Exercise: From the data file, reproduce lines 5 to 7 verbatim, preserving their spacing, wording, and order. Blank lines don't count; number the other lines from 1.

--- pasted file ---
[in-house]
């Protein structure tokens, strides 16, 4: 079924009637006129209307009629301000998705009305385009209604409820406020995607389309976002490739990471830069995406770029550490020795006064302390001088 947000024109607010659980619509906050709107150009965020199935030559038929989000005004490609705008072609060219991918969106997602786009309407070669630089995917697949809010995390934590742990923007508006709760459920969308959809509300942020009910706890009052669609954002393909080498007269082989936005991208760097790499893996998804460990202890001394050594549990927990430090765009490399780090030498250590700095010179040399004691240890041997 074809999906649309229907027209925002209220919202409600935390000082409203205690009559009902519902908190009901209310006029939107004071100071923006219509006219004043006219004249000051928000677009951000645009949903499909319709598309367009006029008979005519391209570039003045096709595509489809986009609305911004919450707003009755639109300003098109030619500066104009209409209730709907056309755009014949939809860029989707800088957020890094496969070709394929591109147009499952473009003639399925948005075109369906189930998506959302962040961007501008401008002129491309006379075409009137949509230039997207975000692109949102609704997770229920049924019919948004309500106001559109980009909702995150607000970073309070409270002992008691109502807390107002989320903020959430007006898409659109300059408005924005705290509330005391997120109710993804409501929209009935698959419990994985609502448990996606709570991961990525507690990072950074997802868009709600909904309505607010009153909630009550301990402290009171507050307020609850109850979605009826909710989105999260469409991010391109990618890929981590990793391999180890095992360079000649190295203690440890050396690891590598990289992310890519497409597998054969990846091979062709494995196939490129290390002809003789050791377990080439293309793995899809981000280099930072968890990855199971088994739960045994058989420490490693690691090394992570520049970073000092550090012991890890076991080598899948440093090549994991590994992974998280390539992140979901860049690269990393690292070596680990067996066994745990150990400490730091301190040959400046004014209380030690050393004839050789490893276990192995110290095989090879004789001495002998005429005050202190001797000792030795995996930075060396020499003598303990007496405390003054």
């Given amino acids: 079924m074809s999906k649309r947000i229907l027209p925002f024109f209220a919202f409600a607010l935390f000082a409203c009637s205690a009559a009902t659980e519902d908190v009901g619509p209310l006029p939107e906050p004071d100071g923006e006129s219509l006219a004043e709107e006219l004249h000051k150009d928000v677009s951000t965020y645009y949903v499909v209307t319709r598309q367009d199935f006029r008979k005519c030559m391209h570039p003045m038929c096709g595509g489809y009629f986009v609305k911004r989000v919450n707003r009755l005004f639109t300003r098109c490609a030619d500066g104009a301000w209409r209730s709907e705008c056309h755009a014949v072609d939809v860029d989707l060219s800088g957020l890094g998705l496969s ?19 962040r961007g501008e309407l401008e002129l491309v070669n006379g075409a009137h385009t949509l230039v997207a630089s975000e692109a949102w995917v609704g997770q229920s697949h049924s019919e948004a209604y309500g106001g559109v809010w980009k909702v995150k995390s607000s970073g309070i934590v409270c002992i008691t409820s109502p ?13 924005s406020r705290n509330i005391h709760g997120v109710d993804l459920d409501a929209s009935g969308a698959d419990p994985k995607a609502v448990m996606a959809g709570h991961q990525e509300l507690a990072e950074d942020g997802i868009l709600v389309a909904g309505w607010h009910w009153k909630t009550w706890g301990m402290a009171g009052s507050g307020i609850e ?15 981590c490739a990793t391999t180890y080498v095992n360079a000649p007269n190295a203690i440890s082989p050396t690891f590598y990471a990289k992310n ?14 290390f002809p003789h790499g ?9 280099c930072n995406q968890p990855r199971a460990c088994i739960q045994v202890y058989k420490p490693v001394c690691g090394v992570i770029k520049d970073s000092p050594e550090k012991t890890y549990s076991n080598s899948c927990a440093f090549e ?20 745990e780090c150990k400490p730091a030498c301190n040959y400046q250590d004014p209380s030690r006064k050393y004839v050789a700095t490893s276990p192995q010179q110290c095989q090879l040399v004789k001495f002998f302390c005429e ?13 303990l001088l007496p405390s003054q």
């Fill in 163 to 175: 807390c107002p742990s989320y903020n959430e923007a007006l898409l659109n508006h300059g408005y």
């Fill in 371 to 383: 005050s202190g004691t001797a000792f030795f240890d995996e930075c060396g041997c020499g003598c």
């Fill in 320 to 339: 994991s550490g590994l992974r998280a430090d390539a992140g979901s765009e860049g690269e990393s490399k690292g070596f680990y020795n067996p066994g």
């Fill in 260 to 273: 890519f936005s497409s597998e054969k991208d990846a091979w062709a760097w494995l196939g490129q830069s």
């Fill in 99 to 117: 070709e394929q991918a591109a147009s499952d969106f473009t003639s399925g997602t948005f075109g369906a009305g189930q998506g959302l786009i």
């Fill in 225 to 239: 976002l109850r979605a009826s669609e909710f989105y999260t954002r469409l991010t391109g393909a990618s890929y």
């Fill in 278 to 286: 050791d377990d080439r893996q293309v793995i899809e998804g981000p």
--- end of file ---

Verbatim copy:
């Fill in 371 to 383: 005050s202190g004691t001797a000792f030795f240890d995996e930075c060396g041997c020499g003598c």
């Fill in 320 to 339: 994991s550490g590994l992974r998280a430090d390539a992140g979901s765009e860049g690269e990393s490399k690292g070596f680990y020795n067996p066994g």
């Fill in 260 to 273: 890519f936005s497409s597998e054969k991208d990846a091979w062709a760097w494995l196939g490129q830069s």